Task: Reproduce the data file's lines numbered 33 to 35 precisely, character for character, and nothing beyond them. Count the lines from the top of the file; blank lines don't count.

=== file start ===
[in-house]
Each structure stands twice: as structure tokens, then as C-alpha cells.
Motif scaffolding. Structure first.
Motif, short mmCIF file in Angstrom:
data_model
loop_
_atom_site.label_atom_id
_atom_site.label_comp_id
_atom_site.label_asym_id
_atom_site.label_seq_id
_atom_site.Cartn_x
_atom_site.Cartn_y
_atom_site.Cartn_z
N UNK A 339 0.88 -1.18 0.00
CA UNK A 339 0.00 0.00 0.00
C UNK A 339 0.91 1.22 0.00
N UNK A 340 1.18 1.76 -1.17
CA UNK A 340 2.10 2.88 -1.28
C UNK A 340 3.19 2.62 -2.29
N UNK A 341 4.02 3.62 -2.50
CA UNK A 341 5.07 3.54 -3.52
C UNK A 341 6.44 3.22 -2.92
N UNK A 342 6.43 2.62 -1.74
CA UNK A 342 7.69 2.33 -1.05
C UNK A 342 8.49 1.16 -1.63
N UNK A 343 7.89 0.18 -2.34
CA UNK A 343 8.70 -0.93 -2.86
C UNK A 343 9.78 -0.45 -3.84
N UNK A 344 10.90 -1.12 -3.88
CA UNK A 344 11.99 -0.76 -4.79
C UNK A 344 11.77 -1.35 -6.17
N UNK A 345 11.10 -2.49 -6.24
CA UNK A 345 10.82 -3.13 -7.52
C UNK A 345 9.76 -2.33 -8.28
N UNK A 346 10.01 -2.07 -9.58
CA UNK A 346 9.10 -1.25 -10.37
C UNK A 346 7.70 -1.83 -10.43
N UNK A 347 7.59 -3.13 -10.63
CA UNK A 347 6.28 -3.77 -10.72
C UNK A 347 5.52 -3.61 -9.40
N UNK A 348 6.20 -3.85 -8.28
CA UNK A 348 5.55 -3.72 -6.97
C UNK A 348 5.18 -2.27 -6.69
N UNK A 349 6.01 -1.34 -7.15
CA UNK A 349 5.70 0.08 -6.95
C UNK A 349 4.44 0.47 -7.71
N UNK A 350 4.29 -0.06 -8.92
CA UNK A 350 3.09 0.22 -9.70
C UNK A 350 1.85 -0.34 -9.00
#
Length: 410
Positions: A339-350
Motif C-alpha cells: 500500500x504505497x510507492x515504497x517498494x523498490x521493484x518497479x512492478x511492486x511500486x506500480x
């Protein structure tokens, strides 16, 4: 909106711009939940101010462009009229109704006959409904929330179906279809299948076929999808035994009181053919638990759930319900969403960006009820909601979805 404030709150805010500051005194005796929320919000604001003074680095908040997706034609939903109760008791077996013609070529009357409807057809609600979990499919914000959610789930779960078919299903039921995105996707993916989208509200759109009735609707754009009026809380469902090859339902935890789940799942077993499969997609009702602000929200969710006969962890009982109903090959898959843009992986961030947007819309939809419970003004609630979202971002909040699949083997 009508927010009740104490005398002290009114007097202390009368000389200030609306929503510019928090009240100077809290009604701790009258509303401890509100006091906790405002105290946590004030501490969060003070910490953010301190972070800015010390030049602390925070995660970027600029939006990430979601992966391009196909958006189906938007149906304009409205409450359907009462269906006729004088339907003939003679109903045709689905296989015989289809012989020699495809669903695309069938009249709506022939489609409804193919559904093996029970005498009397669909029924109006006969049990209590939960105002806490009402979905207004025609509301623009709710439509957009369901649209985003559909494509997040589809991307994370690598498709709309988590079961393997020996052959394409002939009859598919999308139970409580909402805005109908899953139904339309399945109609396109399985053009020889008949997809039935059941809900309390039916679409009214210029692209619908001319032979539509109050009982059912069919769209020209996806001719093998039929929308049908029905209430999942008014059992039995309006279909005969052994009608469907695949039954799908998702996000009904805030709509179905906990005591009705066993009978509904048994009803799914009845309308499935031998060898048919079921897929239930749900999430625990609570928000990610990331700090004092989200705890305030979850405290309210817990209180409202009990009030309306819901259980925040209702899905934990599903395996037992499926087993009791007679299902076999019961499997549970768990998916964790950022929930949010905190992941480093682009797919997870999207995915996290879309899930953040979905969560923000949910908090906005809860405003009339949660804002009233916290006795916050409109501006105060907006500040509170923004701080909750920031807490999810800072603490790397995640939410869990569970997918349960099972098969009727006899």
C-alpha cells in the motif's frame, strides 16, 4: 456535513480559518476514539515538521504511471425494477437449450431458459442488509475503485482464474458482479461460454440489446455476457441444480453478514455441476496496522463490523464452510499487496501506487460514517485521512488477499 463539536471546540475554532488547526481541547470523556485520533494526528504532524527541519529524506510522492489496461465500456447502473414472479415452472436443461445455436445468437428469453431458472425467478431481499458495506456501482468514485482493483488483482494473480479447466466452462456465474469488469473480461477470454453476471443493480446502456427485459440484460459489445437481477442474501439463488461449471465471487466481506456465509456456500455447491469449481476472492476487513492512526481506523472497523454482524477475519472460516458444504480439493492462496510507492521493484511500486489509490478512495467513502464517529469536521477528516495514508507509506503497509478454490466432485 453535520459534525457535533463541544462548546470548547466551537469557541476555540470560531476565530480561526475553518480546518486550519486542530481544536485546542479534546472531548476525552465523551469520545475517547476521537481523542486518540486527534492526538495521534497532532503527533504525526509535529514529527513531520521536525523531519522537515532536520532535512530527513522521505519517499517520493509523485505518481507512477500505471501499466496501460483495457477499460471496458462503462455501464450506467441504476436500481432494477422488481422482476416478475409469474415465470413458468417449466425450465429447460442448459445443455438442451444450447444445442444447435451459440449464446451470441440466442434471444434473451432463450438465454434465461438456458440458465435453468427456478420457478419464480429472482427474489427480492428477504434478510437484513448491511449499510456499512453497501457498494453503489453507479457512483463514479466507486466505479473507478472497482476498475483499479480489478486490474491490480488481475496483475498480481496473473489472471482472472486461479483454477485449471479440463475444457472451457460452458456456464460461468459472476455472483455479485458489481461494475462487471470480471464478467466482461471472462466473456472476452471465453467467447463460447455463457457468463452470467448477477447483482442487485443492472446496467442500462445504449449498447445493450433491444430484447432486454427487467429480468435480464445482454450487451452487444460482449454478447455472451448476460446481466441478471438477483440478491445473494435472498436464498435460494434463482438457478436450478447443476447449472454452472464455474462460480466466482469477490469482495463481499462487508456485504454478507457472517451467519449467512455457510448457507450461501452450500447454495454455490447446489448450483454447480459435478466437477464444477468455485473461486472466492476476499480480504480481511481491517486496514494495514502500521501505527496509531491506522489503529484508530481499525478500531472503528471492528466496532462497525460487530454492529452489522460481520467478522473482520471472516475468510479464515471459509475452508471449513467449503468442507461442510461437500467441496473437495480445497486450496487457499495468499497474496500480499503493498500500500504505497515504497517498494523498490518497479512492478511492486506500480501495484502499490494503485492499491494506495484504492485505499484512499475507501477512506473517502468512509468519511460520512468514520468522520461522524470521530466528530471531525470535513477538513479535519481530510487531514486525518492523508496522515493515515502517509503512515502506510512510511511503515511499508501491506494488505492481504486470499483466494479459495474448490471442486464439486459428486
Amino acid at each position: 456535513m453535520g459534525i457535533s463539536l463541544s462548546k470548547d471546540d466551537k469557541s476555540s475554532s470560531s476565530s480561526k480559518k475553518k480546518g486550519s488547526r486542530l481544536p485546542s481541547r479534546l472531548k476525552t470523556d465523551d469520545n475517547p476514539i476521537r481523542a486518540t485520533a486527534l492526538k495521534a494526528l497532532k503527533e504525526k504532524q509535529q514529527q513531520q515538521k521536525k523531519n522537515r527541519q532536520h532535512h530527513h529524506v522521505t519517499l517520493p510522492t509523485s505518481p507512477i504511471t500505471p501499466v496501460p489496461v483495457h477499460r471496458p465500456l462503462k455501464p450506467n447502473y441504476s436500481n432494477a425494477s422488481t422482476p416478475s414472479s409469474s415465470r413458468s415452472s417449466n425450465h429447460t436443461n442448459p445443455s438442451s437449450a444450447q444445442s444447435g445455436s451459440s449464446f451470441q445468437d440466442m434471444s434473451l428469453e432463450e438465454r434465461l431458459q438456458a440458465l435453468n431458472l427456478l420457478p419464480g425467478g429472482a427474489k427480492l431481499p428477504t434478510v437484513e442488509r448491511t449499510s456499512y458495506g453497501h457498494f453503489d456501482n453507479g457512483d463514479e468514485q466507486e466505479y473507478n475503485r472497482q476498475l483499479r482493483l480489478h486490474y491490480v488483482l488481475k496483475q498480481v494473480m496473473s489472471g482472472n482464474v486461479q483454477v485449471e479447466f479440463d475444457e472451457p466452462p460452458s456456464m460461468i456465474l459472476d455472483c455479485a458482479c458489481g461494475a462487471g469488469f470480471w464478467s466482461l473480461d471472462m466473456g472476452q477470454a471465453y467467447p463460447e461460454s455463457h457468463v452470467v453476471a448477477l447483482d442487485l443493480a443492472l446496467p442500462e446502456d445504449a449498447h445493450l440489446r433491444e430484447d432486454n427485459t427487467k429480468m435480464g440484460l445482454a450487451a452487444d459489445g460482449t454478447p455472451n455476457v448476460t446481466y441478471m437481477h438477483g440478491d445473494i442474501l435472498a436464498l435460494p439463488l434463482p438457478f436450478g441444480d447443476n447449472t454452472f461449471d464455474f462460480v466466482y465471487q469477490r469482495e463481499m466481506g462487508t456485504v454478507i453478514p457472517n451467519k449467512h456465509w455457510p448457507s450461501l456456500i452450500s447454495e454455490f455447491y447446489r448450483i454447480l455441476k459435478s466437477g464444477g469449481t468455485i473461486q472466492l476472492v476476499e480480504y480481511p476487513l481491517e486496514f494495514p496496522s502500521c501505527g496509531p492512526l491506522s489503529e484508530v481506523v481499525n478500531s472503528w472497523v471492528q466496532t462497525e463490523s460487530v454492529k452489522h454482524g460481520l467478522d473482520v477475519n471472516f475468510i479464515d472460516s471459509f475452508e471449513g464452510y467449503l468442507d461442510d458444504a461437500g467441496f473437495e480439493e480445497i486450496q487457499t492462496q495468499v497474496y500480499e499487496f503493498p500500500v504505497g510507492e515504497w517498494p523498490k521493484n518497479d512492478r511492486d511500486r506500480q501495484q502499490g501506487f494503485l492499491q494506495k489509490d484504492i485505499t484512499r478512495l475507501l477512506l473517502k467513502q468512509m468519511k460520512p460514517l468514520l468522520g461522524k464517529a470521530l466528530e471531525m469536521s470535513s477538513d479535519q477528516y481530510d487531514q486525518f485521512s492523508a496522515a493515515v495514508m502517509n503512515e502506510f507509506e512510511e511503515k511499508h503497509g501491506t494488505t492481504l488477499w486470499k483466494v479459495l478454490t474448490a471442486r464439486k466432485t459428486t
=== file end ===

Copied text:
CA UNK A 345 10.82 -3.13 -7.52
C UNK A 345 9.76 -2.33 -8.28
N UNK A 346 10.01 -2.07 -9.58